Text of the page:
The Irishman turned away from me for a moment and focused on Drew thank goodness.  Drew was concentrating on this legendary pipesman, Owen, and not too concerned with what was going on.  Drew is a big fella’ at about 6 foot 2 inches and built like a large fire hydrant.  Physically able to handle almost anything and being a former member of the Dot Com era he was a savvy fellow as well.

What he did lack was the tact our hostel proprietor had instilled in us about pubs in the area.  We were told, “This area is a hot bed for the IRA, so never start trouble in a pub.”

The drunk Irishman leaned into the light towards Drew and said, “English is the language of traitors’!  Irish is the language of patriots!!”

“Oh, crap,” I thought.  When I heard this I instantly was reminded of the conversation with our hostel fellow.

Unfortunately Drew was unaware of this rather delicate situation and responded with feigned enthusiasm, “Yeah, I’ll be sure to write that one down sometime.”

This made the drunk rather enraged and he said, “Don’ fookin’ wri’ it dow’!!  Fookin’ remember it!”

My virgin ears were irreperably damaged by this time, but I struggled to continue listening to this vulgarity.

The tempo of the jig increased and the guitarist strummed harder now as the violinist drew her bow across the strings with increased fervor.  Our verbal assailant was now fully visible in the pub’s dim light.  Sporting short bright red hair, teeth out of place, with some of those missing, the lanky framed-wild-eyed-drunk Irishman turned back towards me.  Ignoring me for now he paused to listen to the music while I reached past him for another Guiness.

He leaned over towards Phil and asked where he was from.  Phil was born in Paris, lived in Vienna and schooled in the states.

“I was born in Paris,” he responded.
“Ah, Parles vou Francais?”, the Irishman retorted in a challenging tone that sounded almost instantly sober.

Surprised to hear this man speak another tongue than Drunken Tirade I contued to listen as they bantered back and forth in French.  The nameless Irishman challenging Phil to a battle of linguistics.

“Sprachen sie Deutsch?”, asked the Irishman in German.
“Ja,” responded Phil and they once again conversed in yet another language.

Another dynamic to our friend had emerged:  He was now a multi-lingual Irishman in German, English, Irish and French.  It would benefit an international terrorist to be multi-lingual and this made my imagination race even faster and this was supported by his next statement.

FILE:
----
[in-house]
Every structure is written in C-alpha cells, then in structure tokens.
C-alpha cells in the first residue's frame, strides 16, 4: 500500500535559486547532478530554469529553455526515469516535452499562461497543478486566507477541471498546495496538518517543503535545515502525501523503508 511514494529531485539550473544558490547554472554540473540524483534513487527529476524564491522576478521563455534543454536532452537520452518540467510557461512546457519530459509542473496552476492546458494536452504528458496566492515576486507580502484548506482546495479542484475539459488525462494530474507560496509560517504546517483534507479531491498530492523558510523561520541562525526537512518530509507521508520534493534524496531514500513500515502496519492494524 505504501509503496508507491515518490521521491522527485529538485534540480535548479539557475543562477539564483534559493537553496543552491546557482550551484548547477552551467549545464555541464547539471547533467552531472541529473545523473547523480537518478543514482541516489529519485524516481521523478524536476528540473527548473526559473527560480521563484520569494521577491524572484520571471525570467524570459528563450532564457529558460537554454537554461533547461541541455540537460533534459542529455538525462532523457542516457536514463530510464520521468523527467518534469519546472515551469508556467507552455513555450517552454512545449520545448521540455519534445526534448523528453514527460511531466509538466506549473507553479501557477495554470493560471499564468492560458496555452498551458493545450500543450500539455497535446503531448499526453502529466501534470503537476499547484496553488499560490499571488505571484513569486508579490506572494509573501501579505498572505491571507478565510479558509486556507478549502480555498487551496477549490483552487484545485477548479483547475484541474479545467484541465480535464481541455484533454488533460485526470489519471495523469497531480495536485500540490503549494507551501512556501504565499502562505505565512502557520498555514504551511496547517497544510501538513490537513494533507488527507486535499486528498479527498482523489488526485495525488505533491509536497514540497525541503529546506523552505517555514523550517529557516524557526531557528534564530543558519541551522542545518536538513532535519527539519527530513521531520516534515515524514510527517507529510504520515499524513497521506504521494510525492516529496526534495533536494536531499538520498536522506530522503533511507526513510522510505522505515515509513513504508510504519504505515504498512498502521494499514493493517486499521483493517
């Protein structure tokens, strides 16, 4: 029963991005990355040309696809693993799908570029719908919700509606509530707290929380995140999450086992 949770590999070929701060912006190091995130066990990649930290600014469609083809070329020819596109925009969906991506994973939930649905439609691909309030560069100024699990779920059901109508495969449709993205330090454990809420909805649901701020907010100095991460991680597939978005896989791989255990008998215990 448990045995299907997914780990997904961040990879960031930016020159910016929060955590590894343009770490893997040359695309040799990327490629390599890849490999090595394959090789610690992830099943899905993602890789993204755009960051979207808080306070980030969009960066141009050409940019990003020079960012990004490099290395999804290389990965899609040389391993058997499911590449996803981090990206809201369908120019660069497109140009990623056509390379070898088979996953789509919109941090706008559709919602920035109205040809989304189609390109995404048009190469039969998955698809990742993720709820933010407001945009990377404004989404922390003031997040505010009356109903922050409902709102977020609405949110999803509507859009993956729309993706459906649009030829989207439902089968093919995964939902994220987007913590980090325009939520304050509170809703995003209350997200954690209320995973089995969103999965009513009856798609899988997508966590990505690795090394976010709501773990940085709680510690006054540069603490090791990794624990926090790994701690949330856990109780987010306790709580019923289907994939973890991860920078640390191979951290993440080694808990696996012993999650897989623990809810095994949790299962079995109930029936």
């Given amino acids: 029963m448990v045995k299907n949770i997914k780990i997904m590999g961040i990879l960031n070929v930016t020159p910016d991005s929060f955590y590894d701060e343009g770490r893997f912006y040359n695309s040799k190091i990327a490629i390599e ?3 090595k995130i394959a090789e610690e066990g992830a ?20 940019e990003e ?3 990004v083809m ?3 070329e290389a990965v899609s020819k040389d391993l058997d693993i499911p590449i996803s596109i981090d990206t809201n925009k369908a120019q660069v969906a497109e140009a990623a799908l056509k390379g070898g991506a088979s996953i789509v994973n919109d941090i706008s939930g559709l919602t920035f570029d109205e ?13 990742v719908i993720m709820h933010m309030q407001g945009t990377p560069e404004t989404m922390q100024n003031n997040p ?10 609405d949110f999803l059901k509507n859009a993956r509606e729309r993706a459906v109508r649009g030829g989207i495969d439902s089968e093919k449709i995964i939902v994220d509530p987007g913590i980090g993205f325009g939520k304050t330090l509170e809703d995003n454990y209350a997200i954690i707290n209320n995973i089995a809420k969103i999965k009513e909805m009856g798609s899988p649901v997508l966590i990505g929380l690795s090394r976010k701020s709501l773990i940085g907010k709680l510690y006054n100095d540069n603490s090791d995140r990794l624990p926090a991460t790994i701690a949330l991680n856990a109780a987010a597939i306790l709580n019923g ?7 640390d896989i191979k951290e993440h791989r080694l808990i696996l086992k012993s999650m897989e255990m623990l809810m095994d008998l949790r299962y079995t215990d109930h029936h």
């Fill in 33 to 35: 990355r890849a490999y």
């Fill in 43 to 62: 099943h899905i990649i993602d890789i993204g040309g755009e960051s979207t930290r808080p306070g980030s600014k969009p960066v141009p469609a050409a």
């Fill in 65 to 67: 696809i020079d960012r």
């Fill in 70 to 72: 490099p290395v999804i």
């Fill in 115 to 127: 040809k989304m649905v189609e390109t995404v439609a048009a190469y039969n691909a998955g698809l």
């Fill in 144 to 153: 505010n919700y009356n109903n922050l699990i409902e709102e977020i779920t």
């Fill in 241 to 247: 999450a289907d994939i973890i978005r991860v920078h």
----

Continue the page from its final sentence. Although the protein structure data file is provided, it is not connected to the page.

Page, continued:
“That is Frank!”  He said emphatically pointing at a grey haired, pony tailed handsome fellow in his mid 50’s.

I knodded and he continued, “I take care of the GOOD GUYS!!  The GOOD GUYS! 
You know the GOOD GUYS?!”

I just knodded again following my assumption that the ‘Good Guys’ were the IRA.

“Frank has been in many wars”, he said.  “Vietnam, Gulf War, and a few others.”

Finally this guy and I were engaged in a somewhat civil conversation.  Civil defined by glaring, yelling, swearing, and the emission of spittle.  Oddly, I was thinking with excitement, “I am going to get my ass kicked by an IRA member!  Sweeet!”  I always say that if you are going to get your ass kicked you might as well make it memorable.

“Ya’ were nice ta’ me a’ firs’.  Then ya’ go’ sour on meh’!”  Apparently he was referring to our rather one sided dialogue.  I was a little confused as to how he came to that conclusion and considered arguing with him then decided otherwise.

“Ya’ no wha’ I mean?!”  I was determined to end this now with the danger of possible terrorist connections, and even more scary, a bar fight not in my hometown with a local, so I knodded with a look of deep reflection on my rude and insolent ways.

“Ya’ don’ piss on a man in his hometow’,” he warned me.

“Agreed!”, I said as Owen began a song about his brother who had left Dingle 17 years prior never to be heard from again.  The entire song was played accoustically on a flute and you could actually see the sorrow deep in his face.

To bury the hatchet I said, “How ’bout I buy us a round of shots?  Your choice!”

With a moment’s hesitation he responded, “Jameson!”

I agreed to the troubling elixir. With arms crossed he turned his head towards the bartender relaying something in Irish.  Two shots of Jameson appeared on the bar.  I gave him one and said the Irish ‘Cheers’, “Salongcha!”  Down the hatch the shot went.  I wished he would have chosen Jack Daniels.

After a few uneasy moments of listening to Owen play incredible tunes on pipes he leaned over and said, “I am personally inviting you next door when O’Connor’s closes down.  We can close the doors and drink all night!”

Not really believing him and not really wanting to drink all night I said my thank you and continued to listen to the music.  The tempo continued in a jig led by Owen’s flawless playing.  Being able to relax a little more now I concentrated on the guitarist’s hands as they turned into a blur strumming faster.  I lowered my head and let the music do its work.  Before I could completely immerse myself in it he tapped me on my shoulder again.

“I hav’ ta go’!”, he said over the music.
“So we aren’t going to the bar?!”, I responded
“Na’. We hav’ ta’ leave!  But remember this,” he said walking away pointing back at me. “Ya’ ar’ saf’ in moi’ town!  Ya’ ar’ saf’ in moi’ town!”  That was definitely loud enough for people to hear and I just shrugged and smiled at the onlookers.  I never saw him again thank goodness.

Now, I of course don’t know if he was an IRA member or just some drunken fool.  Further, maybe that conversation was the status quo for bar talk between friends in that area.  Okay, well I guess I can say it was definitely not the latter as every other Irish person I had met was extremely friendly to foreigners.  May I make a few suggestions to those visiting Ireland?  Don’t start a bar fight with anyone you suspect to be an IRA member.  Secondly, don’t start a bar fight period.  Lastly, never make a gay joke about your friend because the IRA member to your left may kick your ass for it.

That is all I have for now.  Check in next time as I will be offending Chiapas rebels in Central America or pissing off freedom fighters in Tibet!